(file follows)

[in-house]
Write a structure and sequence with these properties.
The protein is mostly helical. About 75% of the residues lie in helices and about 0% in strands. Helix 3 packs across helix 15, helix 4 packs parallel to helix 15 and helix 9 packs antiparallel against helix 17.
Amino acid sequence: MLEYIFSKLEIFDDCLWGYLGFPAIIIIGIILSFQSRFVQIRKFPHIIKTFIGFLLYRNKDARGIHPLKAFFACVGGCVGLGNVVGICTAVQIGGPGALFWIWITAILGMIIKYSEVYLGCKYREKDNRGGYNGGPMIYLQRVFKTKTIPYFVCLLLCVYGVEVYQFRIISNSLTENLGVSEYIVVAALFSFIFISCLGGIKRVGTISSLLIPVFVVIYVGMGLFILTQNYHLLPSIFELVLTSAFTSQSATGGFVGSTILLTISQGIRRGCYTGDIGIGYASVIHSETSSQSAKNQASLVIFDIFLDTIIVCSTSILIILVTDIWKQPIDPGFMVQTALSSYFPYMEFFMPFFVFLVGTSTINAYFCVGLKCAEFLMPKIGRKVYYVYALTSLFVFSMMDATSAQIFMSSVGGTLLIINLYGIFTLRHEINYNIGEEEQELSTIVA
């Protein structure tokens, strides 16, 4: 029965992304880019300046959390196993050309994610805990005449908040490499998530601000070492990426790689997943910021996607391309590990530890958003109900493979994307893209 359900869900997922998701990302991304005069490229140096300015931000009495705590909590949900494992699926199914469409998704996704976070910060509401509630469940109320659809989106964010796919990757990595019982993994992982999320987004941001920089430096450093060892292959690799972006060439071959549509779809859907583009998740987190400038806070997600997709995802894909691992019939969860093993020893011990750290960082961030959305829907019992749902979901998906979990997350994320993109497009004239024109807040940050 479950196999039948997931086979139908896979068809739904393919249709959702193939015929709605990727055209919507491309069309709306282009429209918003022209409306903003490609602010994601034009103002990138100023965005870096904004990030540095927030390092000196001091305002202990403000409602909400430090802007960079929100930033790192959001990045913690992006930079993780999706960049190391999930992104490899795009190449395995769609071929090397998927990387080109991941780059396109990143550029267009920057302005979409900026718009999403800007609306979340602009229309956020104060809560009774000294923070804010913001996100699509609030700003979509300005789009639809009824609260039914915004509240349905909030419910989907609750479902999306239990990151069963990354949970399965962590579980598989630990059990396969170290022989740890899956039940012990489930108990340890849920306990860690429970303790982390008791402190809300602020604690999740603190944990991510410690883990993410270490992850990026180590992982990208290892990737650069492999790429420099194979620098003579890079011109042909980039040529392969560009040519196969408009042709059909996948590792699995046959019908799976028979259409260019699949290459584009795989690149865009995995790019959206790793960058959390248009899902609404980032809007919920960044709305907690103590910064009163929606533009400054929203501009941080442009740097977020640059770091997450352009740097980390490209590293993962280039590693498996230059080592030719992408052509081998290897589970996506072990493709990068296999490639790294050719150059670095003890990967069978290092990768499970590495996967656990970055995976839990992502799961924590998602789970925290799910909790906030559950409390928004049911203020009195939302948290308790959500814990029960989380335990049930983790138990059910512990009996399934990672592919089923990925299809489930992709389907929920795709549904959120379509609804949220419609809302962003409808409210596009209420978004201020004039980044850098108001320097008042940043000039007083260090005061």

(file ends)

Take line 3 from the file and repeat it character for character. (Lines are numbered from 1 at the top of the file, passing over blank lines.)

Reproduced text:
The protein is mostly helical. About 75% of the residues lie in helices and about 0% in strands. Helix 3 packs across helix 15, helix 4 packs parallel to helix 15 and helix 9 packs antiparallel against helix 17.